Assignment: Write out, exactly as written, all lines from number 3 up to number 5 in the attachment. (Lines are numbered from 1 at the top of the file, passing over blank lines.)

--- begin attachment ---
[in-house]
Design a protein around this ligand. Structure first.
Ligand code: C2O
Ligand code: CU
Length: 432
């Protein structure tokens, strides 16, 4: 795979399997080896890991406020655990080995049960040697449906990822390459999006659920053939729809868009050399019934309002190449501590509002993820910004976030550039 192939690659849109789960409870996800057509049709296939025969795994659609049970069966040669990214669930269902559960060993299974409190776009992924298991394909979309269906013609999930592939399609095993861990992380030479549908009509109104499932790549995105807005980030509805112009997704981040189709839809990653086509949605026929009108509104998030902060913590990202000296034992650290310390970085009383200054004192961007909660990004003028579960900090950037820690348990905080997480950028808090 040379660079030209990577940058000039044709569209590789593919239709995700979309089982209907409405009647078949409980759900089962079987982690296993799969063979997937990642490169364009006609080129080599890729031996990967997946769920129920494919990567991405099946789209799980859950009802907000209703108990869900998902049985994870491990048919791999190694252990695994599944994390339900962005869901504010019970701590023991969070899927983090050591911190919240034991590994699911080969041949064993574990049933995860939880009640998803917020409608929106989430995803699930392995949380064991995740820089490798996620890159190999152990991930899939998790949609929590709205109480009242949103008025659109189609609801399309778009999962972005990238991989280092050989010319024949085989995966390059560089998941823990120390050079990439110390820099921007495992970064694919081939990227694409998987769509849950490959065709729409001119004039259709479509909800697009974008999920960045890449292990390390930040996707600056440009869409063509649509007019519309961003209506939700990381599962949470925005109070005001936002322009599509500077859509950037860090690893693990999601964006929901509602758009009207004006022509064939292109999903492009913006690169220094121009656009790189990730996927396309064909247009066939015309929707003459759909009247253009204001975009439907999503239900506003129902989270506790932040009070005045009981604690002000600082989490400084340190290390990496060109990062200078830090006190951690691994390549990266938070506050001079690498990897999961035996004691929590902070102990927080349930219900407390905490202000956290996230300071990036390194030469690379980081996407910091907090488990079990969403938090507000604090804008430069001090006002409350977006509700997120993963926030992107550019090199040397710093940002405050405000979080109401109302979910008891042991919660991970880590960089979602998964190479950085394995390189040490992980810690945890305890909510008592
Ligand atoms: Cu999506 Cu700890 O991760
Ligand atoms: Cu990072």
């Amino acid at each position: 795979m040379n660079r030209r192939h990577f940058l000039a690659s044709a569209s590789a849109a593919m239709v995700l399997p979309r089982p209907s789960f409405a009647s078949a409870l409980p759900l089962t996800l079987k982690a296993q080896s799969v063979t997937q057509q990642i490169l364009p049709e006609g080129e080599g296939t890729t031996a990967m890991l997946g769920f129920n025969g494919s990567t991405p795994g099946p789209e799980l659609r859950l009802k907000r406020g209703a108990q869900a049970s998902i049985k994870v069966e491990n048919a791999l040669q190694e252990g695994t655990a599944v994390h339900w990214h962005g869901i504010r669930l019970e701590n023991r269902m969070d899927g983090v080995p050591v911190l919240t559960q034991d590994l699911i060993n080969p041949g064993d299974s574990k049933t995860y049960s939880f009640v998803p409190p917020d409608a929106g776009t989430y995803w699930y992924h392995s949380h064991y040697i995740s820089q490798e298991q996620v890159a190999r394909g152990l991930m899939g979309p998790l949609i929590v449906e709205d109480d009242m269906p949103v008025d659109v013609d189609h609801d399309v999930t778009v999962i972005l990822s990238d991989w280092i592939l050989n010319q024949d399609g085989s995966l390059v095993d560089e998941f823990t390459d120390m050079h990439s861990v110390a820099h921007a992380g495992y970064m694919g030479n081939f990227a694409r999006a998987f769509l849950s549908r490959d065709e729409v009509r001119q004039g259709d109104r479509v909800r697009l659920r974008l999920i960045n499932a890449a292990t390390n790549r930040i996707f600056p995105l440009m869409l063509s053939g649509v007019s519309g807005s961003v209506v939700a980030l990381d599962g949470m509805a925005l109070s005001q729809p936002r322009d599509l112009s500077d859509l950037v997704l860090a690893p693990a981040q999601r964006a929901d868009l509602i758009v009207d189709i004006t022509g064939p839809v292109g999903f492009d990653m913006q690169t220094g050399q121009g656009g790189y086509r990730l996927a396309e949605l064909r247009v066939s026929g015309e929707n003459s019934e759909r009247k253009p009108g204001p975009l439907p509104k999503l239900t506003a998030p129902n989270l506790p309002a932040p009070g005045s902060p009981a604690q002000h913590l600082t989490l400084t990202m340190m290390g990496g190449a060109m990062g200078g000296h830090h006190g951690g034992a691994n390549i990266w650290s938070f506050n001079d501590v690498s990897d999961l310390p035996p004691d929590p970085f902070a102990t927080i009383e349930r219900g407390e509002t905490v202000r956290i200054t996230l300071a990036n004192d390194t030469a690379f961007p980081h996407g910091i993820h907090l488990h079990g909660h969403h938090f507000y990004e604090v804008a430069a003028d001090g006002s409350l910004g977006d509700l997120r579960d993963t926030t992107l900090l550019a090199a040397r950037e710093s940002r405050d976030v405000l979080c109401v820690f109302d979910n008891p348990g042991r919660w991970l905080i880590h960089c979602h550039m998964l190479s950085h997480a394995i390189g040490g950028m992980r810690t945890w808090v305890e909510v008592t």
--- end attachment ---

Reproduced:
Ligand code: C2O
Ligand code: CU
Length: 432